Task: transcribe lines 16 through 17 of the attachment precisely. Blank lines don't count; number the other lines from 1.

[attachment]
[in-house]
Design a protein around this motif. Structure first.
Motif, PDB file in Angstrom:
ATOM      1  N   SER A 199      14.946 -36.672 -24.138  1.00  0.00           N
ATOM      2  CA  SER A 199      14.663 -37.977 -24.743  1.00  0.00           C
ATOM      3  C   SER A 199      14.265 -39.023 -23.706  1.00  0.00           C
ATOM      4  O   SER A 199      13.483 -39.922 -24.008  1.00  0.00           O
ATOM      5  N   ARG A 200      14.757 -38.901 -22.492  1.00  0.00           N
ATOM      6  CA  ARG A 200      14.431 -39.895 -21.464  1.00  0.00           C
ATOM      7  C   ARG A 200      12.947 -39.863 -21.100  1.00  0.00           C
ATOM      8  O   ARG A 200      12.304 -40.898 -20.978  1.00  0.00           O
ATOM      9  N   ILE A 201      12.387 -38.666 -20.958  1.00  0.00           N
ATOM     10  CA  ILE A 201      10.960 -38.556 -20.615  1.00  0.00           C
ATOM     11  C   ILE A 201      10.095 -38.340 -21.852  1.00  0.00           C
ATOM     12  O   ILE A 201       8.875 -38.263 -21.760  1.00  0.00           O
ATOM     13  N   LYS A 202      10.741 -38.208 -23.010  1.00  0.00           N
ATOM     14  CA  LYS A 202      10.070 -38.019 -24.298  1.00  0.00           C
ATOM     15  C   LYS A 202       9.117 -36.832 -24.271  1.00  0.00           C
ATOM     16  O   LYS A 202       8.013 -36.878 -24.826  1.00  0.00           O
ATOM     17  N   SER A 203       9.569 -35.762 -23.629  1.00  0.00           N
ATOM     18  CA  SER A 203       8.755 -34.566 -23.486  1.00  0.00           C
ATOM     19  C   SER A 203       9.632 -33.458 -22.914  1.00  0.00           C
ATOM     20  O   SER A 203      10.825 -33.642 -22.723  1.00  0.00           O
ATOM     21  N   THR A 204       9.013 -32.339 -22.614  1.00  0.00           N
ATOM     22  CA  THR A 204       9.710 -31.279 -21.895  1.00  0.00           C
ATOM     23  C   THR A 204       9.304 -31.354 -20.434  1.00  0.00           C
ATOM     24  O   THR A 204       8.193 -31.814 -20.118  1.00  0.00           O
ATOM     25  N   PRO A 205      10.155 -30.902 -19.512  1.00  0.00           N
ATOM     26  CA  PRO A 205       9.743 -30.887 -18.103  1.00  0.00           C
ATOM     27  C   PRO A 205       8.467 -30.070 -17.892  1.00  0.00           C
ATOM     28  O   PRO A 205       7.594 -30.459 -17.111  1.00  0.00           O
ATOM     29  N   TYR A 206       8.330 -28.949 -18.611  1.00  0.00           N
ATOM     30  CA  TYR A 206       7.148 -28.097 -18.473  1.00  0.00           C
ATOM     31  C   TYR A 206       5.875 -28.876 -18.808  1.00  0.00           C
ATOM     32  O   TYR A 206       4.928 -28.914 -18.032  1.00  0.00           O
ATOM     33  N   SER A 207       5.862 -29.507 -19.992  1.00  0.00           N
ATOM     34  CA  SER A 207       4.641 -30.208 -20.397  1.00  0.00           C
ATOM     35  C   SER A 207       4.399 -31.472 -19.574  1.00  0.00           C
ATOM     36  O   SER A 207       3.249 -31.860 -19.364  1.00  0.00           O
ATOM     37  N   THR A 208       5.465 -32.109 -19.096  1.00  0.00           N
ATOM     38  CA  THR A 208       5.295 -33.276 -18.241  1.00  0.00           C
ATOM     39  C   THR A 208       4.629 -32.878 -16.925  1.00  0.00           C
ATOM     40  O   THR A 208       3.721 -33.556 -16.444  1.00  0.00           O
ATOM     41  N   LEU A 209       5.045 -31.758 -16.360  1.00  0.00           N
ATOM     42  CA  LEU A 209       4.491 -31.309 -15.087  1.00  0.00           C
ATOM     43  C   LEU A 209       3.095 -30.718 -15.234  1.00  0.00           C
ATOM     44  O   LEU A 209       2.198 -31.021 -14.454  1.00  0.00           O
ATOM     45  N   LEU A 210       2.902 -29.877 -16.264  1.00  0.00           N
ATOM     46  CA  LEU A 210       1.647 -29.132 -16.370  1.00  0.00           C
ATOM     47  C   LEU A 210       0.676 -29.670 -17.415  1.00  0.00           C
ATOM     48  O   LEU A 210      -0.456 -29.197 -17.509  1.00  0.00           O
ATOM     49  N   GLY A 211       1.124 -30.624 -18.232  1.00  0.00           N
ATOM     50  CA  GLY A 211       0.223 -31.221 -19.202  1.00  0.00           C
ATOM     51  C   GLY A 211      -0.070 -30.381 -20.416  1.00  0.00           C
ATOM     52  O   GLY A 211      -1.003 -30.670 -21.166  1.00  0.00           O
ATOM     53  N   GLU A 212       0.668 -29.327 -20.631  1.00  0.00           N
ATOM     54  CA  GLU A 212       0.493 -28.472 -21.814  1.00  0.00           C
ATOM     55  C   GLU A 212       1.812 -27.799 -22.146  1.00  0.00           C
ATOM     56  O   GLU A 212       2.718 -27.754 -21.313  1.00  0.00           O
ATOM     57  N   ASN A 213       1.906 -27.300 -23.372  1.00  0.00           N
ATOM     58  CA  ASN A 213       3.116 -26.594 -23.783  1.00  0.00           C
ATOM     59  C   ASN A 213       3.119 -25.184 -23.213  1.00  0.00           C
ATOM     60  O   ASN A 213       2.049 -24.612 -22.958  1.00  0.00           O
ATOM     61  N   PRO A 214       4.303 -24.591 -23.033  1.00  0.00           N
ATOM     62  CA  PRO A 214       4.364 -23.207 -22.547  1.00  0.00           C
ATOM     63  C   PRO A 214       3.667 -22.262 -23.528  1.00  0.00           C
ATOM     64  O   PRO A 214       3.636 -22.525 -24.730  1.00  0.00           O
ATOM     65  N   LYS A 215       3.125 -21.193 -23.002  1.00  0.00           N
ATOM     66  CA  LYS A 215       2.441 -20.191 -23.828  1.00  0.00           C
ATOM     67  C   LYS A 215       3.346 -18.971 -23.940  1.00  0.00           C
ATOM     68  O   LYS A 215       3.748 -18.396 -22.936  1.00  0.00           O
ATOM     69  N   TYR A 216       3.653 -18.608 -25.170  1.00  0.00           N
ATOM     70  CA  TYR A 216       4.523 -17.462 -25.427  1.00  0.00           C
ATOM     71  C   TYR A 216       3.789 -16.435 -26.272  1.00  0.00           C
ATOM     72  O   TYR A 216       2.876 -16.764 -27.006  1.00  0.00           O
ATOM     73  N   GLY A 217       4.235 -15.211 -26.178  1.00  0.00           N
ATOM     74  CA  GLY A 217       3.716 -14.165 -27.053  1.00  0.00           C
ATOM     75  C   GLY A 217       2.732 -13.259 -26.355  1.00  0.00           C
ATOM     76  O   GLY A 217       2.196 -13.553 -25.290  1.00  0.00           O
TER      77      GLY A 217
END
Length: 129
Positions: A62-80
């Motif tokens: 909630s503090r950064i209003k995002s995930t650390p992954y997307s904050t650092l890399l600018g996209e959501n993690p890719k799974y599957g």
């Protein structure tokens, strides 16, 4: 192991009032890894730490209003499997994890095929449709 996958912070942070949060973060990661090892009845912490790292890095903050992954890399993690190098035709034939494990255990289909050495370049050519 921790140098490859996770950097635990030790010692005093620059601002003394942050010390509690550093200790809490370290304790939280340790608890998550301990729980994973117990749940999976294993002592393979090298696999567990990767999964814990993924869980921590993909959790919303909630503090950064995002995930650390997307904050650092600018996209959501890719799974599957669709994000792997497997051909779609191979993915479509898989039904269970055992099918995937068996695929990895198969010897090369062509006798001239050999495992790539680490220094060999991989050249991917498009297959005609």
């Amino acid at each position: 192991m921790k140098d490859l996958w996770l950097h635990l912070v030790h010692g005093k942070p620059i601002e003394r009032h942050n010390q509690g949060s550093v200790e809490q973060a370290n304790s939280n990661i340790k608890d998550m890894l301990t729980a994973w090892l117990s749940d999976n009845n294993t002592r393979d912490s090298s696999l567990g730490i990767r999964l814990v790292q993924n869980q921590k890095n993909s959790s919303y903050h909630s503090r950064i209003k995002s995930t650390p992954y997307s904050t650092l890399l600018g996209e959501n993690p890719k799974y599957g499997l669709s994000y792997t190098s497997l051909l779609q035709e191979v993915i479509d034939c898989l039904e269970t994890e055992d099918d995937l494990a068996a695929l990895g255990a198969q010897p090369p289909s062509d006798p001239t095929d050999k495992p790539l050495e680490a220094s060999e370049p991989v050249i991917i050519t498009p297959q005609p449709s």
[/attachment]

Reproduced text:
ATOM     13  N   LYS A 202      10.741 -38.208 -23.010  1.00  0.00           N
ATOM     14  CA  LYS A 202      10.070 -38.019 -24.298  1.00  0.00           C